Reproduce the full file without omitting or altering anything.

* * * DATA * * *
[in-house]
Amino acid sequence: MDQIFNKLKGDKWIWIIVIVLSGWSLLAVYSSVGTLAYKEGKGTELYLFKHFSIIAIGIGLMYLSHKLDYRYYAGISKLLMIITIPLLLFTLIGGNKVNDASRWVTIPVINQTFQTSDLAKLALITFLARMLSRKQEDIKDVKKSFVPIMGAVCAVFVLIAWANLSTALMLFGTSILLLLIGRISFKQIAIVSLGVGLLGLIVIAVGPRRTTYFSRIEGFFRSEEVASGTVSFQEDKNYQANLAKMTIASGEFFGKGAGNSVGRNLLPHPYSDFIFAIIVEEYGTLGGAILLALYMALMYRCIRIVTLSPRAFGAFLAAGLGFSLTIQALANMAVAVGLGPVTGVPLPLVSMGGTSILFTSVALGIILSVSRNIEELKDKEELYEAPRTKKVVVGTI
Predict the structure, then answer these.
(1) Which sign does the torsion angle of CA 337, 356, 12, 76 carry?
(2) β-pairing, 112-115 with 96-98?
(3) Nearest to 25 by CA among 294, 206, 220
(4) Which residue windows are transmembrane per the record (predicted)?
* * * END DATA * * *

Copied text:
[in-house]
Amino acid sequence: MDQIFNKLKGDKWIWIIVIVLSGWSLLAVYSSVGTLAYKEGKGTELYLFKHFSIIAIGIGLMYLSHKLDYRYYAGISKLLMIITIPLLLFTLIGGNKVNDASRWVTIPVINQTFQTSDLAKLALITFLARMLSRKQEDIKDVKKSFVPIMGAVCAVFVLIAWANLSTALMLFGTSILLLLIGRISFKQIAIVSLGVGLLGLIVIAVGPRRTTYFSRIEGFFRSEEVASGTVSFQEDKNYQANLAKMTIASGEFFGKGAGNSVGRNLLPHPYSDFIFAIIVEEYGTLGGAILLALYMALMYRCIRIVTLSPRAFGAFLAAGLGFSLTIQALANMAVAVGLGPVTGVPLPLVSMGGTSILFTSVALGIILSVSRNIEELKDKEELYEAPRTKKVVVGTI
Predict the structure, then answer these.
(1) Which sign does the torsion angle of CA 337, 356, 12, 76 carry?
(2) β-pairing, 112-115 with 96-98?
(3) Nearest to 25 by CA among 294, 206, 220
(4) Which residue windows are transmembrane per the record (predicted)?